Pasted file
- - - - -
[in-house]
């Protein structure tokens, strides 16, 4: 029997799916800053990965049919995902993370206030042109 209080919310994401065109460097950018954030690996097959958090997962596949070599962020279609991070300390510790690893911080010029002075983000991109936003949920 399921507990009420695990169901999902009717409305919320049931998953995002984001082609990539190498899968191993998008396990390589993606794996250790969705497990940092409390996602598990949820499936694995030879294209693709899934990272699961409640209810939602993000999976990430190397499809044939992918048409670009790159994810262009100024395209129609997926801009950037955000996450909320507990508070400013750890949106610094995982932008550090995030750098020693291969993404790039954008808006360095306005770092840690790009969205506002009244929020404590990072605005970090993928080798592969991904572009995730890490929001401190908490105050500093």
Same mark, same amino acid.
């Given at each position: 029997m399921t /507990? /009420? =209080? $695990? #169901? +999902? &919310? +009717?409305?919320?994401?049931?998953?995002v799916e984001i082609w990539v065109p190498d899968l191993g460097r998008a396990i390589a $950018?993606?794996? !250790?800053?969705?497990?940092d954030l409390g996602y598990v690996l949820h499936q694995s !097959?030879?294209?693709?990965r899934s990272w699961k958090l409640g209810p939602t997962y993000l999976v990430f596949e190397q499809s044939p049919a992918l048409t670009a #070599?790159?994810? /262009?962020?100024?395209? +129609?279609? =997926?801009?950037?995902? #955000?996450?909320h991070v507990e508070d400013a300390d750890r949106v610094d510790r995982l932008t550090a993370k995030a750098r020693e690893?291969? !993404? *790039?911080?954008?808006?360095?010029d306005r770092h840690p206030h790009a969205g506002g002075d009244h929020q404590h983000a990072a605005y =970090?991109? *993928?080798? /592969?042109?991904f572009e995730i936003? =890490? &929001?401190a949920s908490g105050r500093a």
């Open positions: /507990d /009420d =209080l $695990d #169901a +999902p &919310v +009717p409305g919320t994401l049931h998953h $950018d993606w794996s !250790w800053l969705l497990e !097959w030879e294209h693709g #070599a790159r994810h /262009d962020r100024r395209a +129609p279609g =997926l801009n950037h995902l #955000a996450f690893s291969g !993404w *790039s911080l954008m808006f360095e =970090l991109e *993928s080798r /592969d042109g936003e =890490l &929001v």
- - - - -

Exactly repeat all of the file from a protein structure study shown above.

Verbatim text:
[in-house]
């Protein structure tokens, strides 16, 4: 029997799916800053990965049919995902993370206030042109 209080919310994401065109460097950018954030690996097959958090997962596949070599962020279609991070300390510790690893911080010029002075983000991109936003949920 399921507990009420695990169901999902009717409305919320049931998953995002984001082609990539190498899968191993998008396990390589993606794996250790969705497990940092409390996602598990949820499936694995030879294209693709899934990272699961409640209810939602993000999976990430190397499809044939992918048409670009790159994810262009100024395209129609997926801009950037955000996450909320507990508070400013750890949106610094995982932008550090995030750098020693291969993404790039954008808006360095306005770092840690790009969205506002009244929020404590990072605005970090993928080798592969991904572009995730890490929001401190908490105050500093």
Same mark, same amino acid.
């Given at each position: 029997m399921t /507990? /009420? =209080? $695990? #169901? +999902? &919310? +009717?409305?919320?994401?049931?998953?995002v799916e984001i082609w990539v065109p190498d899968l191993g460097r998008a396990i390589a $950018?993606?794996? !250790?800053?969705?497990?940092d954030l409390g996602y598990v690996l949820h499936q694995s !097959?030879?294209?693709?990965r899934s990272w699961k958090l409640g209810p939602t997962y993000l999976v990430f596949e190397q499809s044939p049919a992918l048409t670009a #070599?790159?994810? /262009?962020?100024?395209? +129609?279609? =997926?801009?950037?995902? #955000?996450?909320h991070v507990e508070d400013a300390d750890r949106v610094d510790r995982l932008t550090a993370k995030a750098r020693e690893?291969? !993404? *790039?911080?954008?808006?360095?010029d306005r770092h840690p206030h790009a969205g506002g002075d009244h929020q404590h983000a990072a605005y =970090?991109? *993928?080798? /592969?042109?991904f572009e995730i936003? =890490? &929001?401190a949920s908490g105050r500093a």
């Open positions: /507990d /009420d =209080l $695990d #169901a +999902p &919310v +009717p409305g919320t994401l049931h998953h $950018d993606w794996s !250790w800053l969705l497990e !097959w030879e294209h693709g #070599a790159r994810h /262009d962020r100024r395209a +129609p279609g =997926l801009n950037h995902l #955000a996450f690893s291969g !993404w *790039s911080l954008m808006f360095e =970090l991109e *993928s080798r /592969d042109g936003e =890490l &929001v």